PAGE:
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U.S. oil prices give up gains to finish flat ahead of government data on crude supplies

By Myra P. Saefong and William Watts

IEA raises outlook for oil demand growth

Oil futures ended Tuesday on a mixed note, with U.S. benchmark prices flat and global crude prices down a nickel, as traders awaited a report due Wednesday from the Energy Information Administration covering two weeks' worth of petroleum supply data.

Oil prices gave up early gains that had followed a report from the International Energy Agency which raised the outlook for 2024 growth in oil demand. U.S. prices had also found early support from weakness in the dollar in the wake data showing U.S. inflation was unchanged in October.

Price action

West Texas Intermediate crude CL00 for December delivery CL.1 CLZ23 settled flat at $78.26 a barrel on the New York Mercantile Exchange after trading as high as $79.77.January Brent crude BRN00 BRNF24, the global benchmark, lost 5 cents, or nearly 0.1%, to settle at $82.47 a barrel on ICE Futures Europe.December gasoline RBZ23 declined by 0.6% to $2.22 a gallon, while December heating oil HOZ23 shed nearly 0.1% to $2.84 a gallon.Natural gas for December delivery NGZ23 settled at $3.11 per million British thermal units, down nearly 2.9%.

Market drivers

"It seems like a combination of the less optimistic demand outlook in the IEA's monthly outlook report, and trader positioning into a double dose of weekly EIA data releases" Wednesday led to oil to come off session's price highs, said Tyler Richey, co-editor at Sevens Report Research.

Still, "based on the risk-on tone in equity markets so far in November amid soft landing hopes, risks are skewed to the upside into the end of the week pending good consumer demand readings for refined products in the EIA data," he said told MarketWatch.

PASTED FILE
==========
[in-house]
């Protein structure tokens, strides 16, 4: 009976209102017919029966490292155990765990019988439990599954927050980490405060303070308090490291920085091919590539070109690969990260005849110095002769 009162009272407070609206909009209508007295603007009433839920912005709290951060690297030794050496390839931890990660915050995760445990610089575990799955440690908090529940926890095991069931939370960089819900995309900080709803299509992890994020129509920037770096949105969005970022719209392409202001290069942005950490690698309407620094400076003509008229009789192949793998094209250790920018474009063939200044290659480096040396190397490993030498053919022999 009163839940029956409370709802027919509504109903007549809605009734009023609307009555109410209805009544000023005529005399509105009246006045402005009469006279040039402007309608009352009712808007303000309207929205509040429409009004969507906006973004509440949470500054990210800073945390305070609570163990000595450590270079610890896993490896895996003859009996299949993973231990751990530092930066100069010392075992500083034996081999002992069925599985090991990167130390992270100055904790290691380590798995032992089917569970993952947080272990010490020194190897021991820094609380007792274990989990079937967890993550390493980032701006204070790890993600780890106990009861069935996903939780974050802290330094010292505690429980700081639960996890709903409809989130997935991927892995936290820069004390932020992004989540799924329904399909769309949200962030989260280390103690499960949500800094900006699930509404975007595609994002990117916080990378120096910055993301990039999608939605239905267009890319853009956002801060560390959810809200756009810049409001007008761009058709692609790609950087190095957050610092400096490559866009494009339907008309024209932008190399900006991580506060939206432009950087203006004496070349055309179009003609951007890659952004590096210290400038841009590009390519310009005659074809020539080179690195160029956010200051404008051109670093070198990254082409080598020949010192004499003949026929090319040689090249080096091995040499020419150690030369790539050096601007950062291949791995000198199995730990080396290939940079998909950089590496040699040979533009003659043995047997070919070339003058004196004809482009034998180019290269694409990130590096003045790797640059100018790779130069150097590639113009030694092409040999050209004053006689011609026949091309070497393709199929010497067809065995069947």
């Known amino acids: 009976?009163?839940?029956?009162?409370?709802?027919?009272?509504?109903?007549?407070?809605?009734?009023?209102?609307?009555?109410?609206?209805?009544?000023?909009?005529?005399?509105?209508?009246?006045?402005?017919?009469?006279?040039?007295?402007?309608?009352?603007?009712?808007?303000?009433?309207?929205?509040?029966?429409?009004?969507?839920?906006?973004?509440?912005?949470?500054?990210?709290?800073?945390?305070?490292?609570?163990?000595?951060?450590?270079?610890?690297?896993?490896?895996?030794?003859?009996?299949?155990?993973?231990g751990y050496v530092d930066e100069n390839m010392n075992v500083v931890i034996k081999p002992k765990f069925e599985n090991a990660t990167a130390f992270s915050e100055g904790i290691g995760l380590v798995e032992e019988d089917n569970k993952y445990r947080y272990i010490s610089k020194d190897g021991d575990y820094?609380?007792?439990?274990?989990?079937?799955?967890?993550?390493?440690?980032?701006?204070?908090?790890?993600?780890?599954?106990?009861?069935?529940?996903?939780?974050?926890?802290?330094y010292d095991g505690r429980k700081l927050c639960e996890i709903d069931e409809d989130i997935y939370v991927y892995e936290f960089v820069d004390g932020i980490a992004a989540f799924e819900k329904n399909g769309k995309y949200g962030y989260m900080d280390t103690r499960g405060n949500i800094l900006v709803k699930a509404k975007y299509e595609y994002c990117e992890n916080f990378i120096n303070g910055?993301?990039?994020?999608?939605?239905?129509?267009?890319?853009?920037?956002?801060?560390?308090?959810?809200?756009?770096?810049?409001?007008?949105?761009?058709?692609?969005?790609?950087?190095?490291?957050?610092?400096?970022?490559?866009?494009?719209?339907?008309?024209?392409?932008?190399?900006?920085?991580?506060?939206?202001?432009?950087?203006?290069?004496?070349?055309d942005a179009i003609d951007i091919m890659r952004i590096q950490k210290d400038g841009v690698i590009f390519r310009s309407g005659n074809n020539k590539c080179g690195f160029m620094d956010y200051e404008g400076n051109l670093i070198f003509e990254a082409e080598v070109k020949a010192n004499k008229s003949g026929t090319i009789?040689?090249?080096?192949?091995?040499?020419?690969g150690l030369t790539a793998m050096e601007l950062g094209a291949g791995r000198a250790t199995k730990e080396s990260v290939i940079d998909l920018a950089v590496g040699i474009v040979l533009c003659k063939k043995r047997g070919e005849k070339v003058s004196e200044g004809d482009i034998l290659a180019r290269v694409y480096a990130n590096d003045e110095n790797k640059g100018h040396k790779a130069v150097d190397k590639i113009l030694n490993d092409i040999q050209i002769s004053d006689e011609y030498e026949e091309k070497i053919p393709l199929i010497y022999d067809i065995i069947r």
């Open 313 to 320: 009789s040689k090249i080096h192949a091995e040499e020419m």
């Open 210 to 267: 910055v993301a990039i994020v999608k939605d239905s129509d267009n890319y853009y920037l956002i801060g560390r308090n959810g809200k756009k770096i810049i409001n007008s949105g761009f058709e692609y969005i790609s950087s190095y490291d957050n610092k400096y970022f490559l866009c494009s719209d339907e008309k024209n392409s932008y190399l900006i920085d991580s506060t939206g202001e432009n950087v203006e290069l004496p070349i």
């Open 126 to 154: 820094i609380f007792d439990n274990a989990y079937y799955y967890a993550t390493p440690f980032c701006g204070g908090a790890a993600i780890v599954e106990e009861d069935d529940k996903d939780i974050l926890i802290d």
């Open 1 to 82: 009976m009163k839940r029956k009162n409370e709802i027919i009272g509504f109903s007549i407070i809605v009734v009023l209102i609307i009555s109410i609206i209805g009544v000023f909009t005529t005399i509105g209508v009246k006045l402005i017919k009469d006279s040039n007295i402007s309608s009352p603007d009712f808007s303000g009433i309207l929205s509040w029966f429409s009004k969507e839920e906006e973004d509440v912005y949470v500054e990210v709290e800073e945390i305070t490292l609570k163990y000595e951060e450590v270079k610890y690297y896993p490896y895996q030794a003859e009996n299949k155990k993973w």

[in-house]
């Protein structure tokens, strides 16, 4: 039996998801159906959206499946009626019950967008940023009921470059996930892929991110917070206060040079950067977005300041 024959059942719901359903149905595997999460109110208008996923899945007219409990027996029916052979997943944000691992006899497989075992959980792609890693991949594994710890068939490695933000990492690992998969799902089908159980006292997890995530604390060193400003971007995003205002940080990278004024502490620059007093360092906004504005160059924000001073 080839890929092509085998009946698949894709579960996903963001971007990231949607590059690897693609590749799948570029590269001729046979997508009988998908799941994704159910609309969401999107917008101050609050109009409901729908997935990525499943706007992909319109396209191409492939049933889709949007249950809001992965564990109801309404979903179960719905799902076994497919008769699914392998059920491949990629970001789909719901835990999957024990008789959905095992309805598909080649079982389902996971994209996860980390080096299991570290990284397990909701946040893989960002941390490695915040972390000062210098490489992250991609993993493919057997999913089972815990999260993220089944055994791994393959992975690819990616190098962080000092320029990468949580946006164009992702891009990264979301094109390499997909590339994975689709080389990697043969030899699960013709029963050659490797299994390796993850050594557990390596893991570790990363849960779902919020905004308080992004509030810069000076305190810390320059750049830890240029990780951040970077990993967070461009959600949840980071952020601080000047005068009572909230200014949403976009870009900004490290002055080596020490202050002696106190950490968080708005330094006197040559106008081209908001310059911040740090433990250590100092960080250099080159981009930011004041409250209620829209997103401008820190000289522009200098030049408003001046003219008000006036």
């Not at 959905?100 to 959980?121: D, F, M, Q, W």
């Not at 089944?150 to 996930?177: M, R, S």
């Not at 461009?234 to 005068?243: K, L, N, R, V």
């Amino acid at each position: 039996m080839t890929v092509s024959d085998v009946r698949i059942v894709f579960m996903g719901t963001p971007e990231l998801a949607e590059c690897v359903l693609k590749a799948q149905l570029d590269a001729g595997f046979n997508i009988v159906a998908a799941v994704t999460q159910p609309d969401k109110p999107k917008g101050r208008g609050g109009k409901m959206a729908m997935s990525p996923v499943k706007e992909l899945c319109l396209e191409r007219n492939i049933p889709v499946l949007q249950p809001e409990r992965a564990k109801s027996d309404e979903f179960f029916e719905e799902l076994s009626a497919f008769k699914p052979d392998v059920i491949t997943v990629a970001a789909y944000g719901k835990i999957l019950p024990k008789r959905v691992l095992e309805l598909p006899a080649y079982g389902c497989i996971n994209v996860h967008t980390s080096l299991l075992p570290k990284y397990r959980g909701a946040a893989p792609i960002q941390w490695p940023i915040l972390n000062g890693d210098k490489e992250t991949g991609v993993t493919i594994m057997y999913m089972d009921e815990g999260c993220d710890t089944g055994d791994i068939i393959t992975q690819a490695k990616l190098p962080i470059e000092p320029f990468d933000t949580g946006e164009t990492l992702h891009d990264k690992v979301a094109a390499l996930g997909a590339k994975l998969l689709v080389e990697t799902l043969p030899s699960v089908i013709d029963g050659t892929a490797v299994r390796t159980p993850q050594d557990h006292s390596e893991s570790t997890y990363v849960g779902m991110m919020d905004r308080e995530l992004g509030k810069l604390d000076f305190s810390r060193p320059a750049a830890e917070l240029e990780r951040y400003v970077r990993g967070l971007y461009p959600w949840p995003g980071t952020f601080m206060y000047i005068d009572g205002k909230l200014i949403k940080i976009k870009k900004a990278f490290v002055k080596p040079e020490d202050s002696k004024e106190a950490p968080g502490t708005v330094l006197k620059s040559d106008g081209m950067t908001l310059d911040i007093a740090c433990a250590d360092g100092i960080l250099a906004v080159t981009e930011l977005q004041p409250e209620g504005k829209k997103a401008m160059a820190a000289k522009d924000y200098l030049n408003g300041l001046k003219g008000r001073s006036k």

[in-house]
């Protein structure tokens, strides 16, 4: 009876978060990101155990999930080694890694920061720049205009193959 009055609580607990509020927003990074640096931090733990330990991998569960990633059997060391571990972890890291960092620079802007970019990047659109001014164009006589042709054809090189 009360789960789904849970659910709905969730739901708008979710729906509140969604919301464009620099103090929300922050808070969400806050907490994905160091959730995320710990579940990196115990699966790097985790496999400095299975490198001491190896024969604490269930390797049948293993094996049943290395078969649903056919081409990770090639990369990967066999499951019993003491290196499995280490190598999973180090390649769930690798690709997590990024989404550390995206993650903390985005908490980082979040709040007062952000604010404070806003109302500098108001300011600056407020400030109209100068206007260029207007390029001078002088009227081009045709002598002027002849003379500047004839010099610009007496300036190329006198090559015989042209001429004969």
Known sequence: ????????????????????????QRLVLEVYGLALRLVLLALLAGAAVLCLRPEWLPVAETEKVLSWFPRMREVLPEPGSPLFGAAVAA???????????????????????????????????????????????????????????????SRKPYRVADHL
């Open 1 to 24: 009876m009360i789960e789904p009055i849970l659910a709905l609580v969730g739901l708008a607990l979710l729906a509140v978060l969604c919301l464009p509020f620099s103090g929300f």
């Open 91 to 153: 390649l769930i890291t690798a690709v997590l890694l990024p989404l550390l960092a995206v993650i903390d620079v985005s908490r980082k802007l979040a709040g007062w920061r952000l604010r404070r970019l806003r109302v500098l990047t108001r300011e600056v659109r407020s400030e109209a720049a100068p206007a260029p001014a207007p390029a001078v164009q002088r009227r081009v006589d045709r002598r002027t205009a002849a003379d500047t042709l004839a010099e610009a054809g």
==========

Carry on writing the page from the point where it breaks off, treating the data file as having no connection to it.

The EIA report will include supply data covering two weeks -- for the weeks ended Nov. 3 and Nov. 10 -- after a planned systems upgrade led the EIA to delay last week's report releases.

On average, analysts polled by S&P Global Commodity Insights forecast a climb of 4.5 million barrels in U.S. commercial crude supplies for the two weeks ending Nov. 10. They also forecast two-week inventory declines of 1.3 million barrels for gasoline and 2.7 million barrels for distillate supplies.

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Meanwhile, on Tuesday, the IEA, which "notoriously has underreported demand in the past is now saying the global oil demand is going to hit a record high of 102 million barrels a day in 2023," said Phil Flynn, senior market analyst at The Price Futures Group, in a daily note.

The Paris-based IEA on Tuesday raised its forecast for growth in demand this year by 100,000 barrels a day to 2.4 million barrels a day, which would take total demand to an average of 102 million barrels a day.

However, the IEA expects demand and supply to temper next year, as the effects of slower global growth and high interest rates take hold.

Supply overall is expected to rise by 1.6 million barrels a day, taking average supply to 103.4 million barrels a day. Meanwhile, demand in 2024 is expected to rise by 930,000 barrels a day, taking average demand to 102.9 million barrels a day, leading to a small surplus.

Oil had been due for a bounce after an "extreme" selloff that last week took WTI and Brent to their lowest levels since mid-July, Warren Patterson and Ewa Manthey, commodity analysts at ING, said in a Friday note.

"While fundamentals may not be as bullish as initially thought, they are still supportive, with the market likely to be in deficit for the remainder of this year," they wrote. "The surplus we see early next year could even be erased if the Saudis roll over their additional voluntary supply cuts."

Saudi Arabia in July implemented a cut of 1 million barrels a day that it has extended through the end of the year The reduction was on top of existing cuts by OPEC+, which is made up of the Organization of the Petroleum Exporting Countries and its allies. A Nov. 26 OPEC+ meeting will be watched to see if cuts are extended into 2024.

-Myra P. Saefong -William Watts

This content was created by MarketWatch, which is operated by Dow Jones & Co. MarketWatch is published independently from Dow Jones Newswires and The Wall Street Journal.


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11-14-23 1513ET

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